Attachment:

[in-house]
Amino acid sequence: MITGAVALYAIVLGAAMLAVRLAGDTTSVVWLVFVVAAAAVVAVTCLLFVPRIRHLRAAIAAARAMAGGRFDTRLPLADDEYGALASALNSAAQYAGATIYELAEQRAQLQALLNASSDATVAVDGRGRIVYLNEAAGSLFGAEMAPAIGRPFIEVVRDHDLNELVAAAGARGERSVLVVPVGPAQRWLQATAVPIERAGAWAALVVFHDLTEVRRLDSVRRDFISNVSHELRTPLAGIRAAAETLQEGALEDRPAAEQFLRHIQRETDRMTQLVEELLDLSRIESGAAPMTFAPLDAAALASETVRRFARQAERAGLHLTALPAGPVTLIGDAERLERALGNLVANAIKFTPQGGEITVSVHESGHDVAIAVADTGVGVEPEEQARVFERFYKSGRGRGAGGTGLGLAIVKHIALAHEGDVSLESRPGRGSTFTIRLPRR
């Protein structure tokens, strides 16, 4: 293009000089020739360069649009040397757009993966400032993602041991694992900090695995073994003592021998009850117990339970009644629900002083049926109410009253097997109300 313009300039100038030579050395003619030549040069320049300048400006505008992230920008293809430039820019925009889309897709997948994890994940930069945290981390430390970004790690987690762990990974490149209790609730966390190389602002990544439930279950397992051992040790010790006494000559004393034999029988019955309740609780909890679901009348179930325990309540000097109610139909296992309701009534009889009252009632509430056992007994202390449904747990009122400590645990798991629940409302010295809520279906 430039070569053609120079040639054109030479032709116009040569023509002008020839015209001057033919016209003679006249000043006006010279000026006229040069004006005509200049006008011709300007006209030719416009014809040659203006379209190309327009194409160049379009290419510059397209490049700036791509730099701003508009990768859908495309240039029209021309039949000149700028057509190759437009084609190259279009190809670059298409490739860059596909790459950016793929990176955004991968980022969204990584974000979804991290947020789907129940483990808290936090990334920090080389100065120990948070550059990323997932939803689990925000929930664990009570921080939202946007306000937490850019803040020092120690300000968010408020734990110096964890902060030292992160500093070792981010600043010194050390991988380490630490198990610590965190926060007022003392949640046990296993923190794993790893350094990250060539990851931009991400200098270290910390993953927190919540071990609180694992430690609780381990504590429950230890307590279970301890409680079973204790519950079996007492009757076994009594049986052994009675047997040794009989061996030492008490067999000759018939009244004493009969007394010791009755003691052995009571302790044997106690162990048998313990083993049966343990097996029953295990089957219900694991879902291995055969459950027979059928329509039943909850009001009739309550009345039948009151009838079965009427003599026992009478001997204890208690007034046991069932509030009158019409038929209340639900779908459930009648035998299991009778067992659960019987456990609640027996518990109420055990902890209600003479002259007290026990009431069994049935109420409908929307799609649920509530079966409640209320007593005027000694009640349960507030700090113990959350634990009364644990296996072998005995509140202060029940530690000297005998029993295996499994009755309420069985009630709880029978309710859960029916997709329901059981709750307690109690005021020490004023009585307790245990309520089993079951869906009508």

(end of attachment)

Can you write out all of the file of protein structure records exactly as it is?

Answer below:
[in-house]
Amino acid sequence: MITGAVALYAIVLGAAMLAVRLAGDTTSVVWLVFVVAAAAVVAVTCLLFVPRIRHLRAAIAAARAMAGGRFDTRLPLADDEYGALASALNSAAQYAGATIYELAEQRAQLQALLNASSDATVAVDGRGRIVYLNEAAGSLFGAEMAPAIGRPFIEVVRDHDLNELVAAAGARGERSVLVVPVGPAQRWLQATAVPIERAGAWAALVVFHDLTEVRRLDSVRRDFISNVSHELRTPLAGIRAAAETLQEGALEDRPAAEQFLRHIQRETDRMTQLVEELLDLSRIESGAAPMTFAPLDAAALASETVRRFARQAERAGLHLTALPAGPVTLIGDAERLERALGNLVANAIKFTPQGGEITVSVHESGHDVAIAVADTGVGVEPEEQARVFERFYKSGRGRGAGGTGLGLAIVKHIALAHEGDVSLESRPGRGSTFTIRLPRR
């Protein structure tokens, strides 16, 4: 293009000089020739360069649009040397757009993966400032993602041991694992900090695995073994003592021998009850117990339970009644629900002083049926109410009253097997109300 313009300039100038030579050395003619030549040069320049300048400006505008992230920008293809430039820019925009889309897709997948994890994940930069945290981390430390970004790690987690762990990974490149209790609730966390190389602002990544439930279950397992051992040790010790006494000559004393034999029988019955309740609780909890679901009348179930325990309540000097109610139909296992309701009534009889009252009632509430056992007994202390449904747990009122400590645990798991629940409302010295809520279906 430039070569053609120079040639054109030479032709116009040569023509002008020839015209001057033919016209003679006249000043006006010279000026006229040069004006005509200049006008011709300007006209030719416009014809040659203006379209190309327009194409160049379009290419510059397209490049700036791509730099701003508009990768859908495309240039029209021309039949000149700028057509190759437009084609190259279009190809670059298409490739860059596909790459950016793929990176955004991968980022969204990584974000979804991290947020789907129940483990808290936090990334920090080389100065120990948070550059990323997932939803689990925000929930664990009570921080939202946007306000937490850019803040020092120690300000968010408020734990110096964890902060030292992160500093070792981010600043010194050390991988380490630490198990610590965190926060007022003392949640046990296993923190794993790893350094990250060539990851931009991400200098270290910390993953927190919540071990609180694992430690609780381990504590429950230890307590279970301890409680079973204790519950079996007492009757076994009594049986052994009675047997040794009989061996030492008490067999000759018939009244004493009969007394010791009755003691052995009571302790044997106690162990048998313990083993049966343990097996029953295990089957219900694991879902291995055969459950027979059928329509039943909850009001009739309550009345039948009151009838079965009427003599026992009478001997204890208690007034046991069932509030009158019409038929209340639900779908459930009648035998299991009778067992659960019987456990609640027996518990109420055990902890209600003479002259007290026990009431069994049935109420409908929307799609649920509530079966409640209320007593005027000694009640349960507030700090113990959350634990009364644990296996072998005995509140202060029940530690000297005998029993295996499994009755309420069985009630709880029978309710859960029916997709329901059981709750307690109690005021020490004023009585307790245990309520089993079951869906009508």